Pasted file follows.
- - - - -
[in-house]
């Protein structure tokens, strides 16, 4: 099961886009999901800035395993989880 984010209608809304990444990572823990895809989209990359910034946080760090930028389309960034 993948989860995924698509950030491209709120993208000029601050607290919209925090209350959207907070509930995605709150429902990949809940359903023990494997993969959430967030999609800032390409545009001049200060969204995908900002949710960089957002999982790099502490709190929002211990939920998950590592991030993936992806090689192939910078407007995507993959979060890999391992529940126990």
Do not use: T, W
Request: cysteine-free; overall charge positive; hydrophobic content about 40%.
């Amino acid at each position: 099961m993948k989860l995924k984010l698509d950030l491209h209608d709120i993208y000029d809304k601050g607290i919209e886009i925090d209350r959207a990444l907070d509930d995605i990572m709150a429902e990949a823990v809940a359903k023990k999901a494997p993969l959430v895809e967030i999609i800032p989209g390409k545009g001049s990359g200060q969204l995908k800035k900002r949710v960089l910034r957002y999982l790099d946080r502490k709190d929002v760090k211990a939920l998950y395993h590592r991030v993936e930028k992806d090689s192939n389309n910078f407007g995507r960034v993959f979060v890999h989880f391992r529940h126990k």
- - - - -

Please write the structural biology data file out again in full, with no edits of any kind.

[in-house]
């Protein structure tokens, strides 16, 4: 099961886009999901800035395993989880 984010209608809304990444990572823990895809989209990359910034946080760090930028389309960034 993948989860995924698509950030491209709120993208000029601050607290919209925090209350959207907070509930995605709150429902990949809940359903023990494997993969959430967030999609800032390409545009001049200060969204995908900002949710960089957002999982790099502490709190929002211990939920998950590592991030993936992806090689192939910078407007995507993959979060890999391992529940126990």
Do not use: T, W
Request: cysteine-free; overall charge positive; hydrophobic content about 40%.
């Amino acid at each position: 099961m993948k989860l995924k984010l698509d950030l491209h209608d709120i993208y000029d809304k601050g607290i919209e886009i925090d209350r959207a990444l907070d509930d995605i990572m709150a429902e990949a823990v809940a359903k023990k999901a494997p993969l959430v895809e967030i999609i800032p989209g390409k545009g001049s990359g200060q969204l995908k800035k900002r949710v960089l910034r957002y999982l790099d946080r502490k709190d929002v760090k211990a939920l998950y395993h590592r991030v993936e930028k992806d090689s192939n389309n910078f407007g995507r960034v993959f979060v890999h989880f391992r529940h126990k």